Leg Strength with Minnesota Hockey

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Hockey is a game of starting, stopping and changing directions. Strength is an important factor for performing those movements at a high level, because you need to be able to produce force, and then transfer it to the ice.

You apply that force from your lower body, so I have my athletes perform Back and Front Squats, Single-Leg Isometric Dead Lifts—which make your quads, hamstrings and glutes fire simultaneously, so they work against each other—and Cone Agility Drills. We perform these exercises because the players spend so much time in that bottom position. We do these lower body movements on Monday, Wednesday and Friday, then hit upper body on Tuesday and Thursday. Focusing on the upper body the next day allows their legs to recover.

Single-Leg Isometric Dead Lift

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Hockey is a game of starting, stopping and changing directions. Strength is an important factor for performing those movements at a high level, because you need to be able to produce force, and then transfer it to the ice.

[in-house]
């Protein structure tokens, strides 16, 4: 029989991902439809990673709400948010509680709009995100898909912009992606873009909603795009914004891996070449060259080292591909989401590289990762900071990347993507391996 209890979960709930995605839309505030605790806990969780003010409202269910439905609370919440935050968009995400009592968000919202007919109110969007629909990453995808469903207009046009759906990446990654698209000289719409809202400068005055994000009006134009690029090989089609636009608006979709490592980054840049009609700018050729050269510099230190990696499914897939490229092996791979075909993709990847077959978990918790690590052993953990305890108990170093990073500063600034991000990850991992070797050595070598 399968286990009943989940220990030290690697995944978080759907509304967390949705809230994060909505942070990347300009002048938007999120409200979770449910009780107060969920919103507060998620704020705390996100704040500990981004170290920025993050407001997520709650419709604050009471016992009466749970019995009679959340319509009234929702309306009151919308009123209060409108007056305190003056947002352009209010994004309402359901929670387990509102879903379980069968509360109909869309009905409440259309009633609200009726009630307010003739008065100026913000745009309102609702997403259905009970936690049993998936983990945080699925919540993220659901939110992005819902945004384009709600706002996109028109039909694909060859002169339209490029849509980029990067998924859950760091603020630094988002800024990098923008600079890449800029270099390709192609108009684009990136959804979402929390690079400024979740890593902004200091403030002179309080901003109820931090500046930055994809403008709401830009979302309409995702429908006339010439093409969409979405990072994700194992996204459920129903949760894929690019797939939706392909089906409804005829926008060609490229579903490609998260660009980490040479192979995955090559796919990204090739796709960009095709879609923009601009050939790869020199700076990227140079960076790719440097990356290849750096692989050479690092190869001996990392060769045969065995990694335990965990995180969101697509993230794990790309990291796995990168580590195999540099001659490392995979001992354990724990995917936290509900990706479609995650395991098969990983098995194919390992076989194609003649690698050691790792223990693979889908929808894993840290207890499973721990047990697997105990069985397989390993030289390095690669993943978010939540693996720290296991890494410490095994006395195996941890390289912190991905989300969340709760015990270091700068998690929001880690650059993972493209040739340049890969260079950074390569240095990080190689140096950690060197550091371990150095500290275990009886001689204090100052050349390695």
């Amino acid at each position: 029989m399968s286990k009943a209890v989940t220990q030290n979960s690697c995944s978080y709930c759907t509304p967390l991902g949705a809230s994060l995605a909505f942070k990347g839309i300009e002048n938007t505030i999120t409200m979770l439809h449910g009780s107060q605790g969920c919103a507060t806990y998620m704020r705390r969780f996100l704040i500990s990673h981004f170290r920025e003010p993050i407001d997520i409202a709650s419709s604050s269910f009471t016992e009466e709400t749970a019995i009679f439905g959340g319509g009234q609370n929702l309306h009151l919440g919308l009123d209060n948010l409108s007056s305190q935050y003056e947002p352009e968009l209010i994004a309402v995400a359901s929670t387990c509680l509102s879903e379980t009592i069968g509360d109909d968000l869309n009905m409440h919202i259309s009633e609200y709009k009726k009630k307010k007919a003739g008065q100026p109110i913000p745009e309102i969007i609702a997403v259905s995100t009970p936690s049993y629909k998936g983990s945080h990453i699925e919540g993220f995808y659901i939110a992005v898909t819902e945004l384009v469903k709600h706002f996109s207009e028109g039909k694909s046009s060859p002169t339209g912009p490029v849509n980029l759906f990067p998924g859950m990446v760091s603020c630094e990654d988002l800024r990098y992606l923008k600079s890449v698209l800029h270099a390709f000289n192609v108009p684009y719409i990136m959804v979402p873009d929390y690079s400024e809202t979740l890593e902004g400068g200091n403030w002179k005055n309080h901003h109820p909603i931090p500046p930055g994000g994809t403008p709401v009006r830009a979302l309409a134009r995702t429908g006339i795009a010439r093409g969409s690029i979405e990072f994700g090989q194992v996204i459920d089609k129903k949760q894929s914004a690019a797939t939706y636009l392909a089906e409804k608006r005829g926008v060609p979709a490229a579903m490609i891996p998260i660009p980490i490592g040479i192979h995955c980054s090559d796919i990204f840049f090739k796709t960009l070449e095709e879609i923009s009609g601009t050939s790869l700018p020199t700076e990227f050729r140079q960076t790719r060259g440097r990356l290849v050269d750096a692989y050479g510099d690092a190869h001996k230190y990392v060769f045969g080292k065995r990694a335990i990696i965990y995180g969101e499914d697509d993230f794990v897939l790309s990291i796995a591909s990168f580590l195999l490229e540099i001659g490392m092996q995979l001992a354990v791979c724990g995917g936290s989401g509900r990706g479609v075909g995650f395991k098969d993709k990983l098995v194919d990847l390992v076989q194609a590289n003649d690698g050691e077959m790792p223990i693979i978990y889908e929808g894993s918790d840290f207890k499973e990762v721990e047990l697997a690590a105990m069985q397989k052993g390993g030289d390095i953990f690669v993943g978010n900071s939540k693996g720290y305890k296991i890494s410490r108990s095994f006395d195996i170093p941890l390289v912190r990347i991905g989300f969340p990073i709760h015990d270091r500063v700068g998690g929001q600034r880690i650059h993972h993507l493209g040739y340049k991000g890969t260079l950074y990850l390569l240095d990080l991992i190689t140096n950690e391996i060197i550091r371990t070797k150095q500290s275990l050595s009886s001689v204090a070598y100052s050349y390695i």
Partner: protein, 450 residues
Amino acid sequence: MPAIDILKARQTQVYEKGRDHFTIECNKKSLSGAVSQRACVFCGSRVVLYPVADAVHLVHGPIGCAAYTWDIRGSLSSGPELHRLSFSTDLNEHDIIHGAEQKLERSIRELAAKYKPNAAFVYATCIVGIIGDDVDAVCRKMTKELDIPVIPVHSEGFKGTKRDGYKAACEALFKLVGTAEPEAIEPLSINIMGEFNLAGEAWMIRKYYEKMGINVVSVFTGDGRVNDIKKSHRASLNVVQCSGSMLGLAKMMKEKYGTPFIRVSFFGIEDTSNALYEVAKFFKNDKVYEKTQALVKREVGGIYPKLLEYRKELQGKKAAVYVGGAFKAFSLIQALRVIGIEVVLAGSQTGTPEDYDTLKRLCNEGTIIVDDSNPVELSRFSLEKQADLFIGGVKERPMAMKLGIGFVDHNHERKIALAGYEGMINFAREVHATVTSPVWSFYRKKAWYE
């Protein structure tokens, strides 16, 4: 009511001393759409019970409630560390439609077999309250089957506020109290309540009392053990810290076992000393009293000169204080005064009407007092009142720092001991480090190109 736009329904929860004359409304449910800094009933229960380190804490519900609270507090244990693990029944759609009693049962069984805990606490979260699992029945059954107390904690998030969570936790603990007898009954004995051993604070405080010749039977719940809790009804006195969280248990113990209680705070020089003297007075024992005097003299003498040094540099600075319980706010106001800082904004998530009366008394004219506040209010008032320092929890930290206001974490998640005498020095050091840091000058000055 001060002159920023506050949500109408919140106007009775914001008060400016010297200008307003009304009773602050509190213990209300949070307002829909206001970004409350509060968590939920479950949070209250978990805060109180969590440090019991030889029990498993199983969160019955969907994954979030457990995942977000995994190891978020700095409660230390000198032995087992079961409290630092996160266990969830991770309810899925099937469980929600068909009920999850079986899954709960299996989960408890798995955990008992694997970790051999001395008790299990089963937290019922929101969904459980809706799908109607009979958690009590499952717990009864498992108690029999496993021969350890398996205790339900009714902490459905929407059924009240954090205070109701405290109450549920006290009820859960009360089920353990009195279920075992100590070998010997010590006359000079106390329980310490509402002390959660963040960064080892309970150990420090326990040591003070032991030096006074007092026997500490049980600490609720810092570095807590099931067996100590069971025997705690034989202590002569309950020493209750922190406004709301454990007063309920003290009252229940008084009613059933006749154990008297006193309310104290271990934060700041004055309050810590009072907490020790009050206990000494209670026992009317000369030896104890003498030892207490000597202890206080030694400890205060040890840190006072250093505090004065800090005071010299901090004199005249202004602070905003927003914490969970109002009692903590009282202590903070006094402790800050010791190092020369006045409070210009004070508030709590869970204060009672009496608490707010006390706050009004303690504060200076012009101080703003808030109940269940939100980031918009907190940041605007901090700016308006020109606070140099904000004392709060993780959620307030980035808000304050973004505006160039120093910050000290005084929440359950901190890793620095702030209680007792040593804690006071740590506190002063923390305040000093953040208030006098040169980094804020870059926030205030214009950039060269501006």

You apply that force from your lower body, so I have my athletes perform Back and Front Squats, Single-Leg Isometric Dead Lifts—which make your quads, hamstrings and glutes fire simultaneously, so they work against each other—and Cone Agility Drills. We perform these exercises because the players spend so much time in that bottom position. We do these lower body movements on Monday, Wednesday and Friday, then hit upper body on Tuesday and Thursday. Focusing on the upper body the next day allows their legs to recover.

Single-Leg Isometric Dead Lift

  • Place 24-inch plyo box just outside squat rack
  • Set safety bars at low level
  • Place barbell on ground under safety bars
  • Assume split stance over barbell with one foot on top of box
  • Reach down and grab barbell with palms facing inward, just outside shoulder width
  • Raise until barbell hits safety bars; pause for 10 seconds; repeat
  • Perform 3 sets of 8 with full recovery

Benefit: This makes the player strong in that common bottom position he plays in, because it makes his quads, hamstrings and glutes co-contract; the muscles fire while working against each other.

Dietz's Tips
1. Keep your head up, shoulders back, chest out and low back in a flat position.

2. You want the top of your thigh almost parallel with the box.

3. Make sure you try to push your foot through the ground so you produce the necessary force.

Dietz is the strength and conditioning coach to the 2007 WCHA men's hockey champion, the Minnesota Golden Gophers.  


Photo Credit: Getty Images // Thinkstock